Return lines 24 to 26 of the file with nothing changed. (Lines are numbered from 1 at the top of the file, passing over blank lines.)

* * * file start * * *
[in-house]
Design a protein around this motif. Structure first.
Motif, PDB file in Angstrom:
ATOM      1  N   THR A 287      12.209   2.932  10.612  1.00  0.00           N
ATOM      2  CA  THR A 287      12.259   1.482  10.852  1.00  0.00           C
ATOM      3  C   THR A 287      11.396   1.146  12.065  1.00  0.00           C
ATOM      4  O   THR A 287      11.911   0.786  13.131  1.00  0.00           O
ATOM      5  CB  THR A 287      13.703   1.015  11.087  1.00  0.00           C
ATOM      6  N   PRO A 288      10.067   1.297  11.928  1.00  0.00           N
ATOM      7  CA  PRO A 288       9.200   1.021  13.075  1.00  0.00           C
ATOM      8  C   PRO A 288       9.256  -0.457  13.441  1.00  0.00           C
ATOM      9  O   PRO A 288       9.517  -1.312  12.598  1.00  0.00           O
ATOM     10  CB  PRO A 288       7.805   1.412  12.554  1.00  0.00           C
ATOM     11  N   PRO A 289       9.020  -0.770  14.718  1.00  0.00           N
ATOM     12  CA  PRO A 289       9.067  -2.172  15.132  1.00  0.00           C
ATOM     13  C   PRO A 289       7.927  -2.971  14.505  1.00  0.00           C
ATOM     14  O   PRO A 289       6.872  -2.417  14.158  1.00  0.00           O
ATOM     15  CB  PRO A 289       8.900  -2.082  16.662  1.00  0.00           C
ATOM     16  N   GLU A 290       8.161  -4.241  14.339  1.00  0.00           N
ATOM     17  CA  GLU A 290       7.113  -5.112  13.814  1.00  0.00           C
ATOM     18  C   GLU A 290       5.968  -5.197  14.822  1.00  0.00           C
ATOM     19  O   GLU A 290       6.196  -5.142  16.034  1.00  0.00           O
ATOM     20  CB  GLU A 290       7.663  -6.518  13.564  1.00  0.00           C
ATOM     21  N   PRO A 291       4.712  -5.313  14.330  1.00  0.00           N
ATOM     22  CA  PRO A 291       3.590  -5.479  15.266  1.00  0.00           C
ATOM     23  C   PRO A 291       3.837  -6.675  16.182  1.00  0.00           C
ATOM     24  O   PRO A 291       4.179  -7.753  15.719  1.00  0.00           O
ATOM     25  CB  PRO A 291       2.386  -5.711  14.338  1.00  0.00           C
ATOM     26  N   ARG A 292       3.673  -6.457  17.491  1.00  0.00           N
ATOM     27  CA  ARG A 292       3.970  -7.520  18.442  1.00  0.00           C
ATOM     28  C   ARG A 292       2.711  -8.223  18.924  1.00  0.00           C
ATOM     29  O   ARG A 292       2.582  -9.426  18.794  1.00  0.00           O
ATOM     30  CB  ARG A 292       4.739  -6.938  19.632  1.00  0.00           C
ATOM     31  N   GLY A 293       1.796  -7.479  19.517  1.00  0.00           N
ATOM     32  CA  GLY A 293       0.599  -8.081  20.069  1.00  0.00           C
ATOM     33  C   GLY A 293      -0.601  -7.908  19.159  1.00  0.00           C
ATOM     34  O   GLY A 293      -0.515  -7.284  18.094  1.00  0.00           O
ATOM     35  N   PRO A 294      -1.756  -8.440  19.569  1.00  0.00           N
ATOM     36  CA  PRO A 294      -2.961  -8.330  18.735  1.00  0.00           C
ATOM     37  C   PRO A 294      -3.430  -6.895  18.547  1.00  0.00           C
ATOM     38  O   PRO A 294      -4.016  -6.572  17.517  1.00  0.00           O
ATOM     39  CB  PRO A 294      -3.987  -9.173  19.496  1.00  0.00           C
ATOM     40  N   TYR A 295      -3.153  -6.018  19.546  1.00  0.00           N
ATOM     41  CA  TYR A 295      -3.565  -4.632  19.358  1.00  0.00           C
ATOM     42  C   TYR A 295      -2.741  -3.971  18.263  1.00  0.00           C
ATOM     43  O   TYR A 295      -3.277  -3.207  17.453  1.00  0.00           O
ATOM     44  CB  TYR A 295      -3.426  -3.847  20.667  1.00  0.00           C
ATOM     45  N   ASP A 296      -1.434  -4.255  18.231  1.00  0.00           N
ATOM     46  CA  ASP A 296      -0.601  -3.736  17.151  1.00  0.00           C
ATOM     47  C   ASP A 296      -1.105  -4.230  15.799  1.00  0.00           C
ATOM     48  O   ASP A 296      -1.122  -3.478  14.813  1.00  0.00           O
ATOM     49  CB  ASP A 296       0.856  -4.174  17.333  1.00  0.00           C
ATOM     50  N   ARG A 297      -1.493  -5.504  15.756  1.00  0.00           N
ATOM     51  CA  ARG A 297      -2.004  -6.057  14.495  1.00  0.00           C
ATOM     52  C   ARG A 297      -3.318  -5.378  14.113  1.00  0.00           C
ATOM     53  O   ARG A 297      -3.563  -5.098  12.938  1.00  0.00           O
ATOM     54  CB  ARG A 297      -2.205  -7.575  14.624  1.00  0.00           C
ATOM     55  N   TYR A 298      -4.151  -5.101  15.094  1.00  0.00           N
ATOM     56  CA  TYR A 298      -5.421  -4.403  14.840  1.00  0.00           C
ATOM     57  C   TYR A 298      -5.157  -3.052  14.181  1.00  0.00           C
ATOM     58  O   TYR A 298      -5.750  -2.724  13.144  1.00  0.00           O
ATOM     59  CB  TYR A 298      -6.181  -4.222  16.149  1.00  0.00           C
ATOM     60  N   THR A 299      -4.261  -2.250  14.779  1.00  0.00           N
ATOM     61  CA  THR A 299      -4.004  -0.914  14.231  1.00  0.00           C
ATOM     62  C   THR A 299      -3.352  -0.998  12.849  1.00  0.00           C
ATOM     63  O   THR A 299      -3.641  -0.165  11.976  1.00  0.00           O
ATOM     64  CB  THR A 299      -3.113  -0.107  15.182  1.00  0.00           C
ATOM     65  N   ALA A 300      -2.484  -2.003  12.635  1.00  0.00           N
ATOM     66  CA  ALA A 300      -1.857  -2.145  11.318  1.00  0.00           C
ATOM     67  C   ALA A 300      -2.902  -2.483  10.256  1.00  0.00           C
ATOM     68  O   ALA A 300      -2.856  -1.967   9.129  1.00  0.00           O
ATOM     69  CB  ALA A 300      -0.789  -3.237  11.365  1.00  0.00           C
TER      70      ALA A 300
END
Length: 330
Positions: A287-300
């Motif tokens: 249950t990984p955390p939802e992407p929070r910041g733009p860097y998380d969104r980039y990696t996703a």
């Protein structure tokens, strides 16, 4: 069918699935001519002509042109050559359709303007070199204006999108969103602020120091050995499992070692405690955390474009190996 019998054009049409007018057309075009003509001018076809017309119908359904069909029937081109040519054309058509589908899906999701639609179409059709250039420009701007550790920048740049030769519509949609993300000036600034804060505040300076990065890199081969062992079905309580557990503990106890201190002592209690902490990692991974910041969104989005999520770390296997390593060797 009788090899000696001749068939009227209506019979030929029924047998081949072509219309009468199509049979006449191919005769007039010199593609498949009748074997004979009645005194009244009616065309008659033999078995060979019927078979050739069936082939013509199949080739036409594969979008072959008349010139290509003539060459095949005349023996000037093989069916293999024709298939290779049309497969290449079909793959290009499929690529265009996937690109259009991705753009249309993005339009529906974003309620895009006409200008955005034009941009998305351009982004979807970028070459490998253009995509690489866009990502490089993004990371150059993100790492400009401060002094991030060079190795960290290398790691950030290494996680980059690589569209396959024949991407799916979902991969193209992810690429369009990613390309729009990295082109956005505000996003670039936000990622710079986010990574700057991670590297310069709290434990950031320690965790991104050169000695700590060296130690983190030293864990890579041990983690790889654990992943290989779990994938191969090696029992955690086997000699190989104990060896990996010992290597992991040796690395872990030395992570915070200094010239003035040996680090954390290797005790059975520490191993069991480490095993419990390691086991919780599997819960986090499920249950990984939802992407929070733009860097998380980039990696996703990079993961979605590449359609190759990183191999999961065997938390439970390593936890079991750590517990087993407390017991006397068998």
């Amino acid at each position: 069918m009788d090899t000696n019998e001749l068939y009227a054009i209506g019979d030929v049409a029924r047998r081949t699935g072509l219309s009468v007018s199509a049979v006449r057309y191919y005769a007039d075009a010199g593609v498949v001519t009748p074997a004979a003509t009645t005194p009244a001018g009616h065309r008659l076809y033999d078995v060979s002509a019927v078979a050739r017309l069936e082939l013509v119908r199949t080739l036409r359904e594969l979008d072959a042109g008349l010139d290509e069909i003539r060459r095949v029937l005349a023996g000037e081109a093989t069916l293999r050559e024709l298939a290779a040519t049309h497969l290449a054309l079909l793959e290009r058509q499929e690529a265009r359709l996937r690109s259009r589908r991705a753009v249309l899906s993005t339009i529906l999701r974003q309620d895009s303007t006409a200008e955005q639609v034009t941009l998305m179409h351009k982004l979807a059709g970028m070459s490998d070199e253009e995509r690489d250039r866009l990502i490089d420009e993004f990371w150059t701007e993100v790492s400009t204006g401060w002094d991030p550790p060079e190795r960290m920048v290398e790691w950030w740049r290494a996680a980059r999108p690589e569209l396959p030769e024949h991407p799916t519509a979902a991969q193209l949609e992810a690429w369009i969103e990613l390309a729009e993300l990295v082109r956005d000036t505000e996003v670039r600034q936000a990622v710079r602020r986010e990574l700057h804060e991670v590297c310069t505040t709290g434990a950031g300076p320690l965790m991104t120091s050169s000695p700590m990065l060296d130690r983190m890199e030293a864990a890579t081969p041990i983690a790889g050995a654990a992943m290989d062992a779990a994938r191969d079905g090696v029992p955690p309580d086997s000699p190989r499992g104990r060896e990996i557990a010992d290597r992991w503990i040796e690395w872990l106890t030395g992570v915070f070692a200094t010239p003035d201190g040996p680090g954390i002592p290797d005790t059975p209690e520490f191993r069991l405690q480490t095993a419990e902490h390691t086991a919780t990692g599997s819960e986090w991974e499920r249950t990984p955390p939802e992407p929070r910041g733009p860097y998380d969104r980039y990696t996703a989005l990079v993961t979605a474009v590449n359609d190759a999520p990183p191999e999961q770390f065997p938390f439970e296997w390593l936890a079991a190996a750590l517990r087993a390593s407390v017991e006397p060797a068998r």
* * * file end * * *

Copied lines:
ATOM     21  N   PRO A 291       4.712  -5.313  14.330  1.00  0.00           N
ATOM     22  CA  PRO A 291       3.590  -5.479  15.266  1.00  0.00           C
ATOM     23  C   PRO A 291       3.837  -6.675  16.182  1.00  0.00           C